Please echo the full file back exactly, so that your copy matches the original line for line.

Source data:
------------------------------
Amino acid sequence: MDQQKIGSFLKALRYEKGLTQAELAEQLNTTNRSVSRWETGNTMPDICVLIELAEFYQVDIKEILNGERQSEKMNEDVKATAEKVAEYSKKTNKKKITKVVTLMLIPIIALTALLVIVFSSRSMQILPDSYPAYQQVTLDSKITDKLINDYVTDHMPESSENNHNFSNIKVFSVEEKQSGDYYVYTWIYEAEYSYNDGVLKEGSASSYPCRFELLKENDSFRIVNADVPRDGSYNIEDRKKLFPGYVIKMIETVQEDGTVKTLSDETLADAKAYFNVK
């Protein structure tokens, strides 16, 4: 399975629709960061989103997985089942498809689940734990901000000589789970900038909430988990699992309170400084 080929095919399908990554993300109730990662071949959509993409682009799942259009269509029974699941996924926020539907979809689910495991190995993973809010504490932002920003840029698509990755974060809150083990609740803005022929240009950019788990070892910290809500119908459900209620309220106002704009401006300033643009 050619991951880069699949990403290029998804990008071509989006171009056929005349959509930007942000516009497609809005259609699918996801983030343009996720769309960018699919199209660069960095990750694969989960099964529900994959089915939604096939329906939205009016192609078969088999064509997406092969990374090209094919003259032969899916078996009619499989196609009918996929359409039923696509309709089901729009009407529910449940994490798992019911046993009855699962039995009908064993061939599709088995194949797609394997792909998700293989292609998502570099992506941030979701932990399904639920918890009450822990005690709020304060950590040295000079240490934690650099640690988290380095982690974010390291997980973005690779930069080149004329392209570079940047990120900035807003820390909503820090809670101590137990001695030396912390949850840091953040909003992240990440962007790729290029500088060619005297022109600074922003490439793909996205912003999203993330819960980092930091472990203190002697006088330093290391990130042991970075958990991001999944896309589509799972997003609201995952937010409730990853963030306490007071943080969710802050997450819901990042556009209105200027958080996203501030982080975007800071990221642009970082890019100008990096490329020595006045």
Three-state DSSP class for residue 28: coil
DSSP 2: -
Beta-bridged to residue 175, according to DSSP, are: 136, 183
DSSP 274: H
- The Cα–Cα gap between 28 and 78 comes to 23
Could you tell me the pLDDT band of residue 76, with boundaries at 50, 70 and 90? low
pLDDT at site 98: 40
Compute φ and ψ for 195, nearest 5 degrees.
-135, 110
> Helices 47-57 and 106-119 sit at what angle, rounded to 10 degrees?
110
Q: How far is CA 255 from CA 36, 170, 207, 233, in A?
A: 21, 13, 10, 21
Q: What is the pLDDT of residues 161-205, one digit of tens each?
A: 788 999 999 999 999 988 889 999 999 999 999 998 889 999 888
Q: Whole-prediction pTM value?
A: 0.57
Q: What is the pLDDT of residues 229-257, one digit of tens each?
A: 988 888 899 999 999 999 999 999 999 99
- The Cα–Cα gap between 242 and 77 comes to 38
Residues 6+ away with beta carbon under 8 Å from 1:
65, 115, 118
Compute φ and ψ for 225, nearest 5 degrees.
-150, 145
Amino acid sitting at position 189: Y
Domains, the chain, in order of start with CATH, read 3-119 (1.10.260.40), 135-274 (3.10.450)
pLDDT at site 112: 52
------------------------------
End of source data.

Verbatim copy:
Amino acid sequence: MDQQKIGSFLKALRYEKGLTQAELAEQLNTTNRSVSRWETGNTMPDICVLIELAEFYQVDIKEILNGERQSEKMNEDVKATAEKVAEYSKKTNKKKITKVVTLMLIPIIALTALLVIVFSSRSMQILPDSYPAYQQVTLDSKITDKLINDYVTDHMPESSENNHNFSNIKVFSVEEKQSGDYYVYTWIYEAEYSYNDGVLKEGSASSYPCRFELLKENDSFRIVNADVPRDGSYNIEDRKKLFPGYVIKMIETVQEDGTVKTLSDETLADAKAYFNVK
């Protein structure tokens, strides 16, 4: 399975629709960061989103997985089942498809689940734990901000000589789970900038909430988990699992309170400084 080929095919399908990554993300109730990662071949959509993409682009799942259009269509029974699941996924926020539907979809689910495991190995993973809010504490932002920003840029698509990755974060809150083990609740803005022929240009950019788990070892910290809500119908459900209620309220106002704009401006300033643009 050619991951880069699949990403290029998804990008071509989006171009056929005349959509930007942000516009497609809005259609699918996801983030343009996720769309960018699919199209660069960095990750694969989960099964529900994959089915939604096939329906939205009016192609078969088999064509997406092969990374090209094919003259032969899916078996009619499989196609009918996929359409039923696509309709089901729009009407529910449940994490798992019911046993009855699962039995009908064993061939599709088995194949797609394997792909998700293989292609998502570099992506941030979701932990399904639920918890009450822990005690709020304060950590040295000079240490934690650099640690988290380095982690974010390291997980973005690779930069080149004329392209570079940047990120900035807003820390909503820090809670101590137990001695030396912390949850840091953040909003992240990440962007790729290029500088060619005297022109600074922003490439793909996205912003999203993330819960980092930091472990203190002697006088330093290391990130042991970075958990991001999944896309589509799972997003609201995952937010409730990853963030306490007071943080969710802050997450819901990042556009209105200027958080996203501030982080975007800071990221642009970082890019100008990096490329020595006045």
Three-state DSSP class for residue 28: coil
DSSP 2: -
Beta-bridged to residue 175, according to DSSP, are: 136, 183
DSSP 274: H
- The Cα–Cα gap between 28 and 78 comes to 23
Could you tell me the pLDDT band of residue 76, with boundaries at 50, 70 and 90? low
pLDDT at site 98: 40
Compute φ and ψ for 195, nearest 5 degrees.
-135, 110
> Helices 47-57 and 106-119 sit at what angle, rounded to 10 degrees?
110
Q: How far is CA 255 from CA 36, 170, 207, 233, in A?
A: 21, 13, 10, 21
Q: What is the pLDDT of residues 161-205, one digit of tens each?
A: 788 999 999 999 999 988 889 999 999 999 999 998 889 999 888
Q: Whole-prediction pTM value?
A: 0.57
Q: What is the pLDDT of residues 229-257, one digit of tens each?
A: 988 888 899 999 999 999 999 999 999 99
- The Cα–Cα gap between 242 and 77 comes to 38
Residues 6+ away with beta carbon under 8 Å from 1:
65, 115, 118
Compute φ and ψ for 225, nearest 5 degrees.
-150, 145
Amino acid sitting at position 189: Y
Domains, the chain, in order of start with CATH, read 3-119 (1.10.260.40), 135-274 (3.10.450)
pLDDT at site 112: 52